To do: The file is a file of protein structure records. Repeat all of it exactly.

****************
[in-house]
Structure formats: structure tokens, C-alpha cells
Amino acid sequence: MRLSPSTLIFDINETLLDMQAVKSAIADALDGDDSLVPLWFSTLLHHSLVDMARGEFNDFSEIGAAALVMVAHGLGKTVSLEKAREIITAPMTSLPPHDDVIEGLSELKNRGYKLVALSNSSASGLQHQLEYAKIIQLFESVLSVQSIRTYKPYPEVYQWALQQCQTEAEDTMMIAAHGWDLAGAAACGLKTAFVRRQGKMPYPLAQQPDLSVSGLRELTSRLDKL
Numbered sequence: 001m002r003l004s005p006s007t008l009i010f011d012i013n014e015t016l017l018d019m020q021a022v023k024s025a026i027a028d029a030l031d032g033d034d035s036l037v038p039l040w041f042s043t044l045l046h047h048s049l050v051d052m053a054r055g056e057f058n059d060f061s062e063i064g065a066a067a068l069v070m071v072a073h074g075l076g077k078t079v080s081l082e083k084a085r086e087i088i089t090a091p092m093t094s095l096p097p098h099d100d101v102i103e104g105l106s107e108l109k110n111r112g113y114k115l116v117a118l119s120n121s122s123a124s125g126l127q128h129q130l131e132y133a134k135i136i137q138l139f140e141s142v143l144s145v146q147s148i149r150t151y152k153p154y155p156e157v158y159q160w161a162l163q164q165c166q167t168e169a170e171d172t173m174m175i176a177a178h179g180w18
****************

[in-house]
Structure formats: structure tokens, C-alpha cells
Amino acid sequence: MRLSPSTLIFDINETLLDMQAVKSAIADALDGDDSLVPLWFSTLLHHSLVDMARGEFNDFSEIGAAALVMVAHGLGKTVSLEKAREIITAPMTSLPPHDDVIEGLSELKNRGYKLVALSNSSASGLQHQLEYAKIIQLFESVLSVQSIRTYKPYPEVYQWALQQCQTEAEDTMMIAAHGWDLAGAAACGLKTAFVRRQGKMPYPLAQQPDLSVSGLRELTSRLDKL
Numbered sequence: 001m002r003l004s005p006s007t008l009i010f011d012i013n014e015t016l017l018d019m020q021a022v023k024s025a026i027a028d029a030l031d032g033d034d035s036l037v038p039l040w041f042s043t044l045l046h047h048s049l050v051d052m053a054r055g056e057f058n059d060f061s062e063i064g065a066a067a068l069v070m071v072a073h074g075l076g077k078t079v080s081l082e083k084a085r086e087i088i089t090a091p092m093t094s095l096p097p098h099d100d101v102i103e104g105l106s107e108l109k110n111r112g113y114k115l116v117a118l119s120n121s122s123a124s125g126l127q128h129q130l131e132y133a134k135i136i137q138l139f140e141s142v143l144s145v146q147s148i149r150t151y152k153p154y155p156e157v158y159q160w161a162l163q164q165c166q167t168e169a170e171d172t173m174m175i176a177a178h179g180w18